On Saturday, I had an excellent double workout - 18km running and 45km on the bike. The workout took place on the Cataract - Elora rail trail just south of Orangeville. The 18km was an out and back from my starting point at Mississauga road, looping around the town of Erin and looping around the town of Cataract at the end. My bike ride was from the same starting point, through Erin, Hillsburgh and Orton, turning back at the Orangeville-Fergus highway. It rained most of the time and the trail was soft because of it but I didn't mind because that and the early start meant that I would have the trail to myself. Well, almost...
Inside the townsite of Erin, while on my run portion, I approached a group of 4 women who were walking (waddling - yes, mean but true) with 4 unleashed dogs. I was running toward them and they had a good 400-500 metres to take notice that I was coming up to them. At no point did they attempt to leash their dogs. As I drew closer, I could tell that two of the dogs were still in their undisciplined youth.
When I was within 20-30 metres, one of the dogs charged at me - playfully, of course, but still... As I passed the group, not one even acknowledged my presence. Not one even apologized or gave the typical "Oh, he's just playing - he loves people - he doesn't bite".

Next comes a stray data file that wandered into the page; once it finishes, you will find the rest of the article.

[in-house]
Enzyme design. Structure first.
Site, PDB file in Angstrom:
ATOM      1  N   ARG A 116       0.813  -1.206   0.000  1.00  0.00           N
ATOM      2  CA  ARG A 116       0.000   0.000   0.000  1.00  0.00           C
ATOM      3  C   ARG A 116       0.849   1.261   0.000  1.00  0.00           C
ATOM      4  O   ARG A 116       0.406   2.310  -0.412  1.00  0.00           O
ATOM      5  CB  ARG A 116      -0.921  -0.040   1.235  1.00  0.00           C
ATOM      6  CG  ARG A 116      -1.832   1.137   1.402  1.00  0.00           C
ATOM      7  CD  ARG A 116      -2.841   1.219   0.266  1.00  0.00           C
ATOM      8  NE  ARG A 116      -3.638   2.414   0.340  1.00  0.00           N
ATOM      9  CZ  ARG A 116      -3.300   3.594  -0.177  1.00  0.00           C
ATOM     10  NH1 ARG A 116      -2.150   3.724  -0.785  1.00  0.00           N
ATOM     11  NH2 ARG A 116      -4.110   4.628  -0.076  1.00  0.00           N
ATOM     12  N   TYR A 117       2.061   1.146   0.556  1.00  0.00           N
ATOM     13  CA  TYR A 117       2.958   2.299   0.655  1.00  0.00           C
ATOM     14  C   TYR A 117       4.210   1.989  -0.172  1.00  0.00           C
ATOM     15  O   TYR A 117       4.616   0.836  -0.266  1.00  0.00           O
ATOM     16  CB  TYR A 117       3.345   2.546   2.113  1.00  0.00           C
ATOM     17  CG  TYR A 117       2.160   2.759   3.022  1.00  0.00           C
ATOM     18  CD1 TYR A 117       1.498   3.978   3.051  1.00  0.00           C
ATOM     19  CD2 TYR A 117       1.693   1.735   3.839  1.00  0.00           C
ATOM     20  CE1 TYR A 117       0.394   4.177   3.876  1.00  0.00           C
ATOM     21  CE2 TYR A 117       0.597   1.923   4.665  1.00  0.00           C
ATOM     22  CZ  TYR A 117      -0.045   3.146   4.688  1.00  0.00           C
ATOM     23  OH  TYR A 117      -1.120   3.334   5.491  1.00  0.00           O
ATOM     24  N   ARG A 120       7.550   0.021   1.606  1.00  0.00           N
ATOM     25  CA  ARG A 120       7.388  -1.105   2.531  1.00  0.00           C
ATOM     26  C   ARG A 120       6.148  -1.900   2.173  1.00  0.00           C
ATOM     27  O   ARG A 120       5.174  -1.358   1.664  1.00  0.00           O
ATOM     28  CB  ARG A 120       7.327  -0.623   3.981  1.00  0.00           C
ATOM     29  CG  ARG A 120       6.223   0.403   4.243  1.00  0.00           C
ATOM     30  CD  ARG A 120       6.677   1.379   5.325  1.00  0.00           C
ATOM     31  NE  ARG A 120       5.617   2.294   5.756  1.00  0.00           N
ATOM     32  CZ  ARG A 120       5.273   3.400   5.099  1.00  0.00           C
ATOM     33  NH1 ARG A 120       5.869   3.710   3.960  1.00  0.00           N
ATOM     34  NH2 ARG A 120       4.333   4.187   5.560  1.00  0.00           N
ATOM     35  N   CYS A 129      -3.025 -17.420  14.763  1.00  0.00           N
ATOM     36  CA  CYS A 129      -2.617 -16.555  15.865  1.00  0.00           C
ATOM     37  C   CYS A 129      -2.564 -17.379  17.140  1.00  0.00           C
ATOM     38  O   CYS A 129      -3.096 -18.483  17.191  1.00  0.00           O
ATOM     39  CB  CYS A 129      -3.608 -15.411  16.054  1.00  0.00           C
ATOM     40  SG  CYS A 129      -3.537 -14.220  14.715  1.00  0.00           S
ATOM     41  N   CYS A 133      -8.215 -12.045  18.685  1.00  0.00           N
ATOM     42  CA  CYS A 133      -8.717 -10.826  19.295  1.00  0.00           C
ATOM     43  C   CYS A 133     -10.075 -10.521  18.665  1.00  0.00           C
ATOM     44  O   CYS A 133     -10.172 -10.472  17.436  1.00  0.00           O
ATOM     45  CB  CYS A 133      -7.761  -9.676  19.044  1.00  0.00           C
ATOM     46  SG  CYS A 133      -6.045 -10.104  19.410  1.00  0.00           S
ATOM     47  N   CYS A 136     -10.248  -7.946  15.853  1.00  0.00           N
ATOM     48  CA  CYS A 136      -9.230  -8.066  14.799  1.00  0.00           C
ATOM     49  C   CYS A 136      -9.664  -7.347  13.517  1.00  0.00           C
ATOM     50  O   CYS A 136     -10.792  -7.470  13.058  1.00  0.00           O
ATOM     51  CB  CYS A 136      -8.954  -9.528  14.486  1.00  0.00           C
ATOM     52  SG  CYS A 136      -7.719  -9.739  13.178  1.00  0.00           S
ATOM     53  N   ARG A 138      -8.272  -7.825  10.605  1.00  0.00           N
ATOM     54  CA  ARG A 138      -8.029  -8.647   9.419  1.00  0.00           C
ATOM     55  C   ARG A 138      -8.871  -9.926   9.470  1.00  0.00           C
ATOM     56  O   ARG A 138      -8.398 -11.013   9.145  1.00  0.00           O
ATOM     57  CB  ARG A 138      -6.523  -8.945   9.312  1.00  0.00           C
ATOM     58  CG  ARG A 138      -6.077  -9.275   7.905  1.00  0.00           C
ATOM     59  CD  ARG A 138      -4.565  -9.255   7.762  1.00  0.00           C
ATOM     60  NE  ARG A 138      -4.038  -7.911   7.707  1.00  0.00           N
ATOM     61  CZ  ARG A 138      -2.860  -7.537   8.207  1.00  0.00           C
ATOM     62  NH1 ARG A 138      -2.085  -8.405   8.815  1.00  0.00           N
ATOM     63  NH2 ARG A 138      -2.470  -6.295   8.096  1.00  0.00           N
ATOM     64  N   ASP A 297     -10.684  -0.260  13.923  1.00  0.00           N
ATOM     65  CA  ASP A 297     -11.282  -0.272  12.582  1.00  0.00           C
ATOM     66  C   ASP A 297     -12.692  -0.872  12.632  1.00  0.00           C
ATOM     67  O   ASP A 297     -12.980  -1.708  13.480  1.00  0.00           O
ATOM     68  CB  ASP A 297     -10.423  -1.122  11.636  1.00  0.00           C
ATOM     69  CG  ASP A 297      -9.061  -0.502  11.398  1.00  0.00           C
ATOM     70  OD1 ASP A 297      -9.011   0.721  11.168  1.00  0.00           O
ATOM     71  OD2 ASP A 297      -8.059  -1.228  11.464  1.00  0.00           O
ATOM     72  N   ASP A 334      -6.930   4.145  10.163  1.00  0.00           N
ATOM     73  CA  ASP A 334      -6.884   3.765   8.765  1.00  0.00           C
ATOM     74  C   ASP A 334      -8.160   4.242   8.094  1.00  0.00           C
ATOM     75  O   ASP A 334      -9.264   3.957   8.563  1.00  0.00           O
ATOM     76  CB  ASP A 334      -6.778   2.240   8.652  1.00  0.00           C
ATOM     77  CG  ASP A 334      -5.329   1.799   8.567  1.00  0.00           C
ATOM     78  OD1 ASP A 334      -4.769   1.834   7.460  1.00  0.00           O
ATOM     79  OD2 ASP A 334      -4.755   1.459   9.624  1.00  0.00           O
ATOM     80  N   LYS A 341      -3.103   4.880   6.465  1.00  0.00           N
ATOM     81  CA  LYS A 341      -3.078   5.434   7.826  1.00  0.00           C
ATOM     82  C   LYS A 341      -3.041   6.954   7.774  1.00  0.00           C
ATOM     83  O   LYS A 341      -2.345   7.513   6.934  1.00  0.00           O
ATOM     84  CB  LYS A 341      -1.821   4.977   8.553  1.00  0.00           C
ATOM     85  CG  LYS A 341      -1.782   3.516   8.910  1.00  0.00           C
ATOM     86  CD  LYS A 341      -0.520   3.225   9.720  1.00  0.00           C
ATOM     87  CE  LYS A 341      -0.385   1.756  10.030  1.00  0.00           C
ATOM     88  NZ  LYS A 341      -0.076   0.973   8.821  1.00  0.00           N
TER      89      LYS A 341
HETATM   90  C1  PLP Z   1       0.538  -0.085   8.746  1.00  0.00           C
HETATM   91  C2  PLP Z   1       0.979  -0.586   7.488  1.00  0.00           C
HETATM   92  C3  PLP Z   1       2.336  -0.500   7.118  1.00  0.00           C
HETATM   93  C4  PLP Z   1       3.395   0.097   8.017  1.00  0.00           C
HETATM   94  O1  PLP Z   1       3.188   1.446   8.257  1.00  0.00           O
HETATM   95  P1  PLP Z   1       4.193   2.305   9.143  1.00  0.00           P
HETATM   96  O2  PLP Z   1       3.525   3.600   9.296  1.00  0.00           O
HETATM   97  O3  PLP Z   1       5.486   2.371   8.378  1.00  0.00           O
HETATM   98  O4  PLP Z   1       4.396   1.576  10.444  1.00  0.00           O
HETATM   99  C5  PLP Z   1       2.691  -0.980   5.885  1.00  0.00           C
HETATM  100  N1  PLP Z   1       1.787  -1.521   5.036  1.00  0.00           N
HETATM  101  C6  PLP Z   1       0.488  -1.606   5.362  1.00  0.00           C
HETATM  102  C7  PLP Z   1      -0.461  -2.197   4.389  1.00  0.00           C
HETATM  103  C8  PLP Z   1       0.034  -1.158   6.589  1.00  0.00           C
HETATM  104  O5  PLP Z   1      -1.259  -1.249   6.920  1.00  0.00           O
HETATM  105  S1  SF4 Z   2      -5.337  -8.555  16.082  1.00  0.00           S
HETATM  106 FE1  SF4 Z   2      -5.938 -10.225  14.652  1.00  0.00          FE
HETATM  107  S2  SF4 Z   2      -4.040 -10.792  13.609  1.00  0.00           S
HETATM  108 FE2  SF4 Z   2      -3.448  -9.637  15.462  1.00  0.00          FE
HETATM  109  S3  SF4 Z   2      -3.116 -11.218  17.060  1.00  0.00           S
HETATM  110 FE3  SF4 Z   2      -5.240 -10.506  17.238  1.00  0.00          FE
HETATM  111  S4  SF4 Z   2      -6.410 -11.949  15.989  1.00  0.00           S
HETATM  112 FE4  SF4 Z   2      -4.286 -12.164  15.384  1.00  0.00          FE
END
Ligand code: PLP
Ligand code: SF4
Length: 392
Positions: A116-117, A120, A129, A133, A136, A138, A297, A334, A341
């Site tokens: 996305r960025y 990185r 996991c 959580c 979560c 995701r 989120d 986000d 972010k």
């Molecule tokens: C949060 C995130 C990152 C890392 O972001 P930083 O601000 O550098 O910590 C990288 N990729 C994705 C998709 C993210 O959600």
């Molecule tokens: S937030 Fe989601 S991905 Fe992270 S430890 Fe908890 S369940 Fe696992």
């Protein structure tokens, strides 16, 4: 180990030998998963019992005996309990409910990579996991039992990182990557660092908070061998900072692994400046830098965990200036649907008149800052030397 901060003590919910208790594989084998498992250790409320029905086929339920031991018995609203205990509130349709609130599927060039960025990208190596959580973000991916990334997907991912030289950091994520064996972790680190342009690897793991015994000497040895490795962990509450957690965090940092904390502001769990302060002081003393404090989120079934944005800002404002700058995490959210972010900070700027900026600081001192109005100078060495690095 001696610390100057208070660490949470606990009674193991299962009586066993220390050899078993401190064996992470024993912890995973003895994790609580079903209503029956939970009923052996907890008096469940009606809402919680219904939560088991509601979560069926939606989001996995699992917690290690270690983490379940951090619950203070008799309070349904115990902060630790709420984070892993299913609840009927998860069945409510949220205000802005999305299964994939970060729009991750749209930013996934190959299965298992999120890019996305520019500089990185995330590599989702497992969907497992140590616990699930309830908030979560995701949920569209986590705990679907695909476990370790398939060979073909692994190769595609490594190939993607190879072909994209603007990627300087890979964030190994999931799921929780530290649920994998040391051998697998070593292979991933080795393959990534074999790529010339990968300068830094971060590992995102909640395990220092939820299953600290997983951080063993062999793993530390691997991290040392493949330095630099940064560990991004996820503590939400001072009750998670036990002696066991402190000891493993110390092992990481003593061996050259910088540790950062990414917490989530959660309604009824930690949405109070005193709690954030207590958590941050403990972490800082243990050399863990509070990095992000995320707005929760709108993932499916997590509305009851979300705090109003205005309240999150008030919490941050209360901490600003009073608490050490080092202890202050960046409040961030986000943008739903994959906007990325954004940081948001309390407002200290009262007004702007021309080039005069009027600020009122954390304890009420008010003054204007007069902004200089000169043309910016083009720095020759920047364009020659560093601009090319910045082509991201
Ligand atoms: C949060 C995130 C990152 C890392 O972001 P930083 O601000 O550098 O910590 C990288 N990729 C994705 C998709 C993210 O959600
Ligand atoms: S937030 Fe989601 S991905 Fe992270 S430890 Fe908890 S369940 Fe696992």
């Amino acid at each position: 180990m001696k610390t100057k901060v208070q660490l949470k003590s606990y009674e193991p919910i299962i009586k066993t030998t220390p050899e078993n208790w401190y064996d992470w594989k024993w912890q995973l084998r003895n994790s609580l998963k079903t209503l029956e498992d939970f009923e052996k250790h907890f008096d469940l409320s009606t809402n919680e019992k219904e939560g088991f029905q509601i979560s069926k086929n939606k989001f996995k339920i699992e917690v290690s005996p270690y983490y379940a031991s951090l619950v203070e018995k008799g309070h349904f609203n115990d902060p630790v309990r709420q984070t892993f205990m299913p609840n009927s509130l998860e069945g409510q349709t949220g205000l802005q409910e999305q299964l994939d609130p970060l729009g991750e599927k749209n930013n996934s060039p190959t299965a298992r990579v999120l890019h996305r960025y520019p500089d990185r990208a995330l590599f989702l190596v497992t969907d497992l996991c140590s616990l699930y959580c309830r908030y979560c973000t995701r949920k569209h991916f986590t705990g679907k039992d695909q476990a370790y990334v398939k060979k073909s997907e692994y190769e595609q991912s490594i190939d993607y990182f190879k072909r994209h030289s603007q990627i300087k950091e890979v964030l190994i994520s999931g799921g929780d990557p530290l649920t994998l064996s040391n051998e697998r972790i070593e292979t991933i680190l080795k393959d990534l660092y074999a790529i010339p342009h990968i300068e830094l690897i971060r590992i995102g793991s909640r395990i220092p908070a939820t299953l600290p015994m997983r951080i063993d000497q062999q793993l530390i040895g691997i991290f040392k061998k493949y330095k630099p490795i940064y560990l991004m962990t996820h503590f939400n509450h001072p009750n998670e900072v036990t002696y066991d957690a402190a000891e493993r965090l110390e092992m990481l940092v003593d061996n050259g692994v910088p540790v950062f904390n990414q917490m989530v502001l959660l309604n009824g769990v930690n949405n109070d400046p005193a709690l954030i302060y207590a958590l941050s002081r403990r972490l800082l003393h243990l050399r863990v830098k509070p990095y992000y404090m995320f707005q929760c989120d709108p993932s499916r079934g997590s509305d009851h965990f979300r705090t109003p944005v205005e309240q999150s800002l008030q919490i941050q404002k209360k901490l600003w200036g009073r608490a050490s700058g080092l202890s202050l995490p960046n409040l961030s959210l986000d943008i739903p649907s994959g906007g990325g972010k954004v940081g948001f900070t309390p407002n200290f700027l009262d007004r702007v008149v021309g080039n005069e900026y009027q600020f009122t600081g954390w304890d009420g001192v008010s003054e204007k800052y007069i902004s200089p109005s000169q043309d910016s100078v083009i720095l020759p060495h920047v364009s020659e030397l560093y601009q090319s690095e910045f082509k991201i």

After looping around Erin and heading back on the trail (20 minutes, give or take), I found the same group no more than 100 metres up the trail. As I approached this time, I was really not shocked to find fresh dog shit in the middle of the trail and I nice fresh hole about a foot wide also smack dab in the middle of the trail.
Luckily, as I came closer, they decided that it was time to leave the trail, cut across the school field and go back to their homes.
This event is becoming less and less uncommon and it made me think of how people should behave on these multi-use trails that are for everyone to enjoy. These are the common sense guidelines I came up with:
  • Be aware of your surroundings. Yes, you have left the rat race, but you are still on a highway of sorts - a pedestrian highway. If you simply want to escape body and mind, head to an open field and escape all you want. Simply keep your ears and eyes open and respect others around you.
  • Please, please, please keep your dogs on a leash when others are approaching. I know your dog is friendly because they all are. I love dogs and do not fear them, however, there are people out there that are petrified of them and you are causing them undue stress by letting your pooch intimidate them. Besides, a sudden radical move by your dog can cause a runner to pull a muscle or a cyclist to leave the trail.
  • It is not necessary to walk with others with what seems to be a desire to cover the whole width of the trail. Pretend that you are indeed on a pedestrian highway and keep to the right. Why do you want to be so far away from your friend or spouse or family member anyway?
  • Be kind to those you are approaching from behind and give them some kind of warning. A simple "On your right" or "On your left" will go a long way toward not scaring the living shit out of someone and/or causing a collision.